New Name, Big Plans for The Contemporary Austin

PHOTO ABOVE: Executive Director Louis Grachos. Photo courtesy of The Contemporary Austin.

Liam Gillick, online Marianne Vitale Create Works for Rebranded AMOA-Arthouse


Liam Gillick. Multiplied Resistance Screened,   2010. Chateau Las Coste,   Provence. Photo courtesy of Liam Gillick.
Liam Gillick. Multiplied Resistance Screened, 2010. Chateau Las Coste, Provence. Photo courtesy of Liam Gillick.

Another day, another identity for The Contemporary Austin. That’s the new moniker for the recently reunited AMOA-Arthouse, whose parent organizations, before splitting and undergoing various name changes throughout their complicated histories, once constituted the Texas Fine Arts Association. More than a century after that august body’s founding, will this rebranding be the one that sticks, and more to the point, does it signal the museum’s emergence as a contemporary-art force in Texas and beyond?

Executive director Louis Grachos points to his upcoming roster of exhibiting artists as evidence that the Contemporary, as he hopes it will come to be known – the way the “the Modern” has for the Modern Art Museum of Fort Worth – isn’t just changing its name. The lineup includes commissions for the likes of Liam Gillick, Tom Sachs and Do Ho Suh, each of whose work was acquired by the Albright-Knox Art Gallery in Buffalo, New York, during Grachos’s decade-long tenure as its director. (Grachos joined the Austin museum in January.)

It’s hard to think of a museum director whose previous task – growing one of the country’s most renowned modern and contemporary art collections in a Rust Belt city that’s lost much of its population in recent decades – is more opposite Grachos’s current one: creating a new sense of purpose for a hybrid institution with two utterly different facilities in a creative-class city that’s still not particularly known for the visual arts. But he says he relishes “being on the ground floor” as the Contemporary charts its new course, something he missed from his stint as director of the SITE Santa Fe biennial (1996-2003).

The new chapter kicks off September 21-January 5, when Gillick and Marianne Vitale will each present work at Jones Center, the former Arthouse’s downtown space, as well as at Laguna Gloria, the historic estate on Lake Austin. “To see the full breadth of what we’re presenting, you have to make the trip to both,” Grachos says, adding that the Contemporary is in the early stages of searching for a landscape architect to develop a master site plan for the lakeside estate’s grounds, which will accommodate a mix of temporary projects and works the museum feels strongly enough about to acquire. The museum has also created a new curatorial position for public programs.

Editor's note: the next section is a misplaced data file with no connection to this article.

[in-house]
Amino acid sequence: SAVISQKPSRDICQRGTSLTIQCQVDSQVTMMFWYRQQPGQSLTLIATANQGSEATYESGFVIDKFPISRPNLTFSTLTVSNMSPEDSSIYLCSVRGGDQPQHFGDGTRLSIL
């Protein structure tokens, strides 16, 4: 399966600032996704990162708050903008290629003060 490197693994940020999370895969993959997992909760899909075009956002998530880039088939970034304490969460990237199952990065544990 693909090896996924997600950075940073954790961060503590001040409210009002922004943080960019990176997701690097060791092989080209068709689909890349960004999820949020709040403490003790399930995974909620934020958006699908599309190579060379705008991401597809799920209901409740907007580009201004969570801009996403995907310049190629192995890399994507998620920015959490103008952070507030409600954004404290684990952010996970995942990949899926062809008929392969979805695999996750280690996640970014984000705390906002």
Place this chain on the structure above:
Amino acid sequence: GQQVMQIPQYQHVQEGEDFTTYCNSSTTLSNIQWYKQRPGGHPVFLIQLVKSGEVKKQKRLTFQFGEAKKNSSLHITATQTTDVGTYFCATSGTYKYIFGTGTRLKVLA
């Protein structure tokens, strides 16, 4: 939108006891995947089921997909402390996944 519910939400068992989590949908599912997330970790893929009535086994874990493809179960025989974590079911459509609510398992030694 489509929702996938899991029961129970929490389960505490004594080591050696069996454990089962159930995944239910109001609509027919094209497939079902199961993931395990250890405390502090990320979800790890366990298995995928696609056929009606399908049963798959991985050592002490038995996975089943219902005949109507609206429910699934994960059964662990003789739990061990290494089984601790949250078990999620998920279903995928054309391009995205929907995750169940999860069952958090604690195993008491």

“The hope is that Laguna Gloria will develop into a really great sculpture park and that the Jones Center will be a vehicle for exhibitions, obviously, but also to do programming here (downtown) and in some cases be directly connected to what we’re doing out there,” he says. “It feels like overall we’re getting a good response to that aspiration.” The board has grown since his arrival and has created an exhibitions fund that has raised just under half a million dollars so far, Grachos says.

Marianne Vitale. Burned Bridge, 2012. Reclaimed lumber. Photo courtesy of Zach Feuer Gallery, New York.
Marianne Vitale. Burned Bridge, 2012. Reclaimed lumber. Photo courtesy of Zach Feuer Gallery, New York.

Looking beyond the Contemporary’s first year of commissions, which will include works by Charles Atlas, Tom Friedman, Orly Genger and Charles Long, Grachos sees the museum eventually tapping Austin’s festival culture to spearhead a citywide sculptural exhibition modeled after Sculpture Projects Muenster in Germany.

He also wants to build the Contemporary’s relationships with the art and architecture schools at the University of Texas. Among the ways they might bear fruit: selecting an architect each year to design a temporary pavilion to add a shady spot to Laguna Gloria in the summer months. Over time, Grachos hopes Austinites will look to the Contemporary the way Bostonians do to the Institute of Contemporary Art.

“I think we just haven’t had a dominant cultural force in the visual arts in the city itself (outside the University of Texas),” he says. “And I’m not saying we can do that, but we should try. Philanthropy takes time in terms of people getting interested and understanding the value. The reason why I’m really hoping to do something more ambitious, citywide and site-specific is what that does within the context of your own community: It not only enriches and exposes your community to a bigger art world —it gets people to work together, and then people start to understand that the visual arts do have an impact in cultural life and cultural tourism.”